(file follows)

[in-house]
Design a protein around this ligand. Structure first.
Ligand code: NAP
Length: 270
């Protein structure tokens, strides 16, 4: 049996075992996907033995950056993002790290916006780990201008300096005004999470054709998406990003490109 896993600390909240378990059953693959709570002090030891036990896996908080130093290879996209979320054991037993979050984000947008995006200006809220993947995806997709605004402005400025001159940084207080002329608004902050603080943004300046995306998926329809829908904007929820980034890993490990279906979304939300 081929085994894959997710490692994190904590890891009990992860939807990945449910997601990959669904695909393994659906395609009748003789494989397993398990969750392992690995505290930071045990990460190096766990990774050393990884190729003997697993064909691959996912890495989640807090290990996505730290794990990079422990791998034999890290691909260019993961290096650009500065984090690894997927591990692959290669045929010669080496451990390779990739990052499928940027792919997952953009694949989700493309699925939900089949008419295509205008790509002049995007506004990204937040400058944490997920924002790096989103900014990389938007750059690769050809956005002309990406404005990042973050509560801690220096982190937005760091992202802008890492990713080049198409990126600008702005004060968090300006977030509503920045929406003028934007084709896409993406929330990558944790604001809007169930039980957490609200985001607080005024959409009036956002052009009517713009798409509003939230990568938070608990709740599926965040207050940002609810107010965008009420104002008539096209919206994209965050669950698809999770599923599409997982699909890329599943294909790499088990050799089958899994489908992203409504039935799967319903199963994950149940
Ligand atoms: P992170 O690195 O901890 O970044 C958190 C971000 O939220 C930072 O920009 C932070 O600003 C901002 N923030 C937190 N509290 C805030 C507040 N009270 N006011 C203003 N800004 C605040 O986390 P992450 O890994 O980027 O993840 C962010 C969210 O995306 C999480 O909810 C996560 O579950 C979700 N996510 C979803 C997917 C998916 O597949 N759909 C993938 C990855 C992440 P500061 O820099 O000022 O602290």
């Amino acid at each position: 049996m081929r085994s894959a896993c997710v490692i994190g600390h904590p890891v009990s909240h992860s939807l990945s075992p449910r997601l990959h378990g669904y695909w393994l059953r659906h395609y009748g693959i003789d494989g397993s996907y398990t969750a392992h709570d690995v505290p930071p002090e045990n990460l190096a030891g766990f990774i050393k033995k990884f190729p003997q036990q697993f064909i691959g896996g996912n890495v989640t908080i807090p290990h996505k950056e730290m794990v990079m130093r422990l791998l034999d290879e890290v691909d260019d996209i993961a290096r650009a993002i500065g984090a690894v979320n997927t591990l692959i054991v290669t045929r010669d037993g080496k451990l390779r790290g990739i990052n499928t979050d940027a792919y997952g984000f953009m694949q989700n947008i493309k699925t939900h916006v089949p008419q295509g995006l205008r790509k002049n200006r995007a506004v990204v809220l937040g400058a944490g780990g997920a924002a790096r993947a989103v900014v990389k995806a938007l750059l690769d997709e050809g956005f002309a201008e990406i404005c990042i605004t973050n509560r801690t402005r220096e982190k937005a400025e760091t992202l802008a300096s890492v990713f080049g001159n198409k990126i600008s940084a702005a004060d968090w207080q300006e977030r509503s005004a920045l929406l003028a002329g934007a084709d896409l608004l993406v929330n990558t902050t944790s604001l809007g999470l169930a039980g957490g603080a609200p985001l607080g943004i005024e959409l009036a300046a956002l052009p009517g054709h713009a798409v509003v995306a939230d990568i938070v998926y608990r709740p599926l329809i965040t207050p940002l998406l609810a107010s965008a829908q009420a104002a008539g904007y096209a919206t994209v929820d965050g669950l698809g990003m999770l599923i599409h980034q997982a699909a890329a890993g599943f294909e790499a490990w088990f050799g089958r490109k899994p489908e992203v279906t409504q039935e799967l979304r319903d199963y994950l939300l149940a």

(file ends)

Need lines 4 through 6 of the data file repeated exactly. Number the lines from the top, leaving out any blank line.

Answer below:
Length: 270
């Protein structure tokens, strides 16, 4: 049996075992996907033995950056993002790290916006780990201008300096005004999470054709998406990003490109 896993600390909240378990059953693959709570002090030891036990896996908080130093290879996209979320054991037993979050984000947008995006200006809220993947995806997709605004402005400025001159940084207080002329608004902050603080943004300046995306998926329809829908904007929820980034890993490990279906979304939300 081929085994894959997710490692994190904590890891009990992860939807990945449910997601990959669904695909393994659906395609009748003789494989397993398990969750392992690995505290930071045990990460190096766990990774050393990884190729003997697993064909691959996912890495989640807090290990996505730290794990990079422990791998034999890290691909260019993961290096650009500065984090690894997927591990692959290669045929010669080496451990390779990739990052499928940027792919997952953009694949989700493309699925939900089949008419295509205008790509002049995007506004990204937040400058944490997920924002790096989103900014990389938007750059690769050809956005002309990406404005990042973050509560801690220096982190937005760091992202802008890492990713080049198409990126600008702005004060968090300006977030509503920045929406003028934007084709896409993406929330990558944790604001809007169930039980957490609200985001607080005024959409009036956002052009009517713009798409509003939230990568938070608990709740599926965040207050940002609810107010965008009420104002008539096209919206994209965050669950698809999770599923599409997982699909890329599943294909790499088990050799089958899994489908992203409504039935799967319903199963994950149940
Ligand atoms: P992170 O690195 O901890 O970044 C958190 C971000 O939220 C930072 O920009 C932070 O600003 C901002 N923030 C937190 N509290 C805030 C507040 N009270 N006011 C203003 N800004 C605040 O986390 P992450 O890994 O980027 O993840 C962010 C969210 O995306 C999480 O909810 C996560 O579950 C979700 N996510 C979803 C997917 C998916 O597949 N759909 C993938 C990855 C992440 P500061 O820099 O000022 O602290």